What is Carnal Sociology?

“Carnal Sociology is not Autoethnography: A personal correspondence”
Carnal sociology aims to understand the social world the way people do, viscerally,  through the body. The social world is constituted as much by the pains, pleasures, and peak performances of persons engaged in social activity as by the meanings and cosmologies attributed to the gesticulations of the sentient, living, and acting body.
It is an approach that “aims to provide a demonstration in action of the fruitfulness of an approach that takes seriously, at the theoretical, methodological, and rhetorical levels, the fact that the social agent is before anything else a being of flesh, nerves, and senses…a ‘suffering being'” (Wacquant 2003).
A carnal sociologist immerses him or herself, as a full participant, in the social world under inquiry in order to capture the sensual and moral attraction that make members of that world tick. It is an “ethnography by conversion,” in which a bundle of skills and interests are transformed by the institution under study such that the research becomes an experimental incarnation of institutional values and ways of being.
In part such an approach by a theoretically armed researcher is deemed necessary because a great deal of a groups knowledge of itself and the world is a tacit knowledge, embodied as collective bodily dispositions and perceptions that often are not or are cannot be articulated through language. This is due to no other fact than that the perceptions and actions that are generated in the bodies relation to the world are not founded  upon linguistic or propositional rules but literally inscribed in the flesh. As Bourdieu argued, “we learn by the body.”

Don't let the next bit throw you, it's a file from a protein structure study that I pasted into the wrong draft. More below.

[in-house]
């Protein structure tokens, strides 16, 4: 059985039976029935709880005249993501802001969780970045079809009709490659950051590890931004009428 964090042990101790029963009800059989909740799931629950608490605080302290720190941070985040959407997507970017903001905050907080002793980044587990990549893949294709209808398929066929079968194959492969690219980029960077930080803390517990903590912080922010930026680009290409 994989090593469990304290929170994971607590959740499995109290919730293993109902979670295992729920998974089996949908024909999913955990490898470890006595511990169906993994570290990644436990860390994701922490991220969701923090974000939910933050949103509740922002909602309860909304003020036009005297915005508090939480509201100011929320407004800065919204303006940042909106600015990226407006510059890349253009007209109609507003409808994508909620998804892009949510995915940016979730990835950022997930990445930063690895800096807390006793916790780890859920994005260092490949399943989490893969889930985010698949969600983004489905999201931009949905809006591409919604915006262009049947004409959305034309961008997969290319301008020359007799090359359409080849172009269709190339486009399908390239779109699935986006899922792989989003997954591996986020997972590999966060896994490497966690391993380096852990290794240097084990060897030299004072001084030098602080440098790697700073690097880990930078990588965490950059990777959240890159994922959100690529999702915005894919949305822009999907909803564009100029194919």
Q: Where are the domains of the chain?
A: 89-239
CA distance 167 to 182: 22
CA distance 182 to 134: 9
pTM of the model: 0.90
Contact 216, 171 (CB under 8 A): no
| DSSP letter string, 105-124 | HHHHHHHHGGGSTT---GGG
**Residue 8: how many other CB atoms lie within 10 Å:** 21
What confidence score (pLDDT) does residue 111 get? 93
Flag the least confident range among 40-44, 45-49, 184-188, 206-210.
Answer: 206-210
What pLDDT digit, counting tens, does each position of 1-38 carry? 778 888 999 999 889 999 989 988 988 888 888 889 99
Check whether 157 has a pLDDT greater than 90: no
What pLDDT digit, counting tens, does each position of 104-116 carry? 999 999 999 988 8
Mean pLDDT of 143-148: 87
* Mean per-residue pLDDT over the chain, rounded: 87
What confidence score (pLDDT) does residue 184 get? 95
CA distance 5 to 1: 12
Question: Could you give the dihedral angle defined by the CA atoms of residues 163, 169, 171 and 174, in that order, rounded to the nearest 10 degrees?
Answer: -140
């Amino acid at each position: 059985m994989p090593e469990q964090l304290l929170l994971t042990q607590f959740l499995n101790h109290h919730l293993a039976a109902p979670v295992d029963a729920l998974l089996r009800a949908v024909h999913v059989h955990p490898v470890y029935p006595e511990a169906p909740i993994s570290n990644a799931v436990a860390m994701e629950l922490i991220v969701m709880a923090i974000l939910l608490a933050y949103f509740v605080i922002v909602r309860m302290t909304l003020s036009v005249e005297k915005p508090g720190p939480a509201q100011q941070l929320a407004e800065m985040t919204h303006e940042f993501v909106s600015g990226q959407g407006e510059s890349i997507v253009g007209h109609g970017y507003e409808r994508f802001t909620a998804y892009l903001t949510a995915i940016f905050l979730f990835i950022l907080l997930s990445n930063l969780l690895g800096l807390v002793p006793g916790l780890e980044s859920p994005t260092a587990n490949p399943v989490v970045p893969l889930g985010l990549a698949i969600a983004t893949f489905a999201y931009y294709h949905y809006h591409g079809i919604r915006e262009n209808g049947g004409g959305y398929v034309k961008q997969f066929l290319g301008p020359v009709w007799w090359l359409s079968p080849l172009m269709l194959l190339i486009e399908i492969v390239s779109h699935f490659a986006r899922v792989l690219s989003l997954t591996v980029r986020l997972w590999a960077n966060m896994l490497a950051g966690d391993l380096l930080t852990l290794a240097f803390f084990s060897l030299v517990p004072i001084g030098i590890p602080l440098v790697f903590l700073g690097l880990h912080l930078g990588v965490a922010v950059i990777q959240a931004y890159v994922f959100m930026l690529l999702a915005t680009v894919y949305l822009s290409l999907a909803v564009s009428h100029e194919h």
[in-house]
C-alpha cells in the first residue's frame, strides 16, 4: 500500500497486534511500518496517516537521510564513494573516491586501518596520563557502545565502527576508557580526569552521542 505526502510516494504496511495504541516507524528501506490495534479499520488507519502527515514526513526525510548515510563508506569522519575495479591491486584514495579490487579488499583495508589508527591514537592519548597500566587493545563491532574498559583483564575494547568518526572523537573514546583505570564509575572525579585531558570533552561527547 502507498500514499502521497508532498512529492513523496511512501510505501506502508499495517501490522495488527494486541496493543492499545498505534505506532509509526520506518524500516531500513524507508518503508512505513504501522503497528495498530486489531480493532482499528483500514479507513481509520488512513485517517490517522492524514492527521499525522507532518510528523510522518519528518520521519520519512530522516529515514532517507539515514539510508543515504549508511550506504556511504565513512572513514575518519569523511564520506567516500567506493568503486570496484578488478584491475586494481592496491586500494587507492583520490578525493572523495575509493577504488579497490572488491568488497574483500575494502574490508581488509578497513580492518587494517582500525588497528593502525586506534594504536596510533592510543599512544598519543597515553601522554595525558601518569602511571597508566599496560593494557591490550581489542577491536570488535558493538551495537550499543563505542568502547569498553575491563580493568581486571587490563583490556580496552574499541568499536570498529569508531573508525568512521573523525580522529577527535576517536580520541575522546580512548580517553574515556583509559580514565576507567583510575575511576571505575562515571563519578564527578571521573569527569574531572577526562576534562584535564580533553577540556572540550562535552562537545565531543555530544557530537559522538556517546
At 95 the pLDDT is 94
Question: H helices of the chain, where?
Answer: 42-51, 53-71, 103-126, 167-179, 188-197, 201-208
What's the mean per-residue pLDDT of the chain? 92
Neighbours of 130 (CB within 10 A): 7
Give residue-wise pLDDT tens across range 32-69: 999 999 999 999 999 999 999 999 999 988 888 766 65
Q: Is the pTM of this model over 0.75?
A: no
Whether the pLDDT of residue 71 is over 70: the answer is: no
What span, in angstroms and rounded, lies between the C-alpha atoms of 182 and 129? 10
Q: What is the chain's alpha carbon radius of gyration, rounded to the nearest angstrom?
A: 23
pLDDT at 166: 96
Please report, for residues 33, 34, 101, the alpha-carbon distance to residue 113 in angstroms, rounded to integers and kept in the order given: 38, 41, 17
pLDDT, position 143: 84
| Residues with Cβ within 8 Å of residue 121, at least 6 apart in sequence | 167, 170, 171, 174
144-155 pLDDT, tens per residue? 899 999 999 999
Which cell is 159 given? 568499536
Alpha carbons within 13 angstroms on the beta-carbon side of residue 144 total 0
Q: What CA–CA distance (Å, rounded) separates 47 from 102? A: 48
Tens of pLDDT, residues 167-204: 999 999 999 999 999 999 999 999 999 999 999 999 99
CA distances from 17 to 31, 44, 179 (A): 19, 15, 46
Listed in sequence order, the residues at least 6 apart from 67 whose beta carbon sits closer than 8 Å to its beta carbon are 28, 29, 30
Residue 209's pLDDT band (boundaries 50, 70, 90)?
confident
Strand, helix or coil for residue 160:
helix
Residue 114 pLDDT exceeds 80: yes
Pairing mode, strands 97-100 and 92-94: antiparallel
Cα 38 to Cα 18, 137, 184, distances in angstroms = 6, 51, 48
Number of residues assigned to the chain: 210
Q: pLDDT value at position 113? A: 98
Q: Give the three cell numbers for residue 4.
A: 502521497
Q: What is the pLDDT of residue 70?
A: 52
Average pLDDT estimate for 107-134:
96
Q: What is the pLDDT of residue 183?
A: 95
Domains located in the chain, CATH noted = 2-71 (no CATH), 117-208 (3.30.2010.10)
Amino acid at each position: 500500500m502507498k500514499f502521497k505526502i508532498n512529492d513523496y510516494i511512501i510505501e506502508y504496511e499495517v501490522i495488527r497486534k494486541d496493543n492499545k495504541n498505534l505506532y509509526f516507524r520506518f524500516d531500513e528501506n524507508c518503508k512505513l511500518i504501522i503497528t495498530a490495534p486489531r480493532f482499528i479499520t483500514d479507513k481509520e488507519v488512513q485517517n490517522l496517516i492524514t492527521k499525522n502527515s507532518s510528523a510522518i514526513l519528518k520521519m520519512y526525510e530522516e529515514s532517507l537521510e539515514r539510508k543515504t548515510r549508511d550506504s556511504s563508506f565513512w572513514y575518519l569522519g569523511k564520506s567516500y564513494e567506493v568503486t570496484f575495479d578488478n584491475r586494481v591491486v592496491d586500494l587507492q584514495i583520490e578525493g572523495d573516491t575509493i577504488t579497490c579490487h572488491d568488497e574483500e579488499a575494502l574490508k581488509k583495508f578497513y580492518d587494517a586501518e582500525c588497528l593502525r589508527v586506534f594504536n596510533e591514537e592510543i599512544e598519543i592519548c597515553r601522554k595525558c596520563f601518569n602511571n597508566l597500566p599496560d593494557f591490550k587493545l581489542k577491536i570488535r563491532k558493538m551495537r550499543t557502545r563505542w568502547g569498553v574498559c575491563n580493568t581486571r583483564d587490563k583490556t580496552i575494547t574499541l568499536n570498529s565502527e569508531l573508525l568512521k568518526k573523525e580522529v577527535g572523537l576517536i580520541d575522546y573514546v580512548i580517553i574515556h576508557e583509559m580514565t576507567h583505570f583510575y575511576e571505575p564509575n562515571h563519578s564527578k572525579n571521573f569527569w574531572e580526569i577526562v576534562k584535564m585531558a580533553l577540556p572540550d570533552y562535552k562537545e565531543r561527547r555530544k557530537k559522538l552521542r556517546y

More importantly, carnal sociology starts from the position that the form of the body, its structures, and poise are the conditions for meeting the world. The habits and dispositions that allow the body to interact with the world in situationally contingent ways affect how the surrounding world shows up.

With carnal sociology’s emphasis on how the structure of the body makes the world (physical and social) possible, it differs substantially from the “sociology of the body.” The sociology of the body has an emphasis on the normative and discursive conditions and their inscription in and on the body (see Crossley 1995). This stance highlights the ways in which bodies are embedded in and formed by various kinds of social structures.

Carnal sociology, on the other hand, focuses on the importance of the body in the production and reproduction of social practices. But it is also a genetic sociology that recognizes the conditions under which the body takes its historically contingent form, paying attention the often silent and collective pedagogy and engaged structures of practice through which the acting, moving, living body develops. But even as the body moves about its social world, incorporating its structures into its corporeal form, the body is always also constructing the world through engagement in the practical activities of life.

The body, in this sense, is more than just a text. It is incarnate. Incarnate, is used rather than embodiment, because as a concept, it emphasizes the flesh and blood of the body as constitutive of the conditions under which human life unfolds.

Practically this means that carnal sociology takes seriously the structure of the body and its world (Todes 2000). The body has symmetrical limbs, a front and a back, eyes, a nose, a sensitive skin, and exists in a world with a gravitational field. But the body also takes its form in the ways that it inhabits its social world by making it habitable by way of skills and dispositions. Thus the soldier’s body takes on a particular form and experience that is different than the civilians in part because it has a different posture, way of breathing, levels of stamina and dexterity, and techniques for movement. At the same time that the soldier’s body takes its form from the institutional world it inhabits it also makes that world habitabl by developing a body that predisposes it to interact, cope, and perceive with that world.

Carnal sociology, like phenomenology, focuses on the body as a basis for action and at the same time acknowledges that this action takes place in surroundings which afford limits and possibilities for action. For the carnal sociologist body and world are part and parcel of what it means to have experience.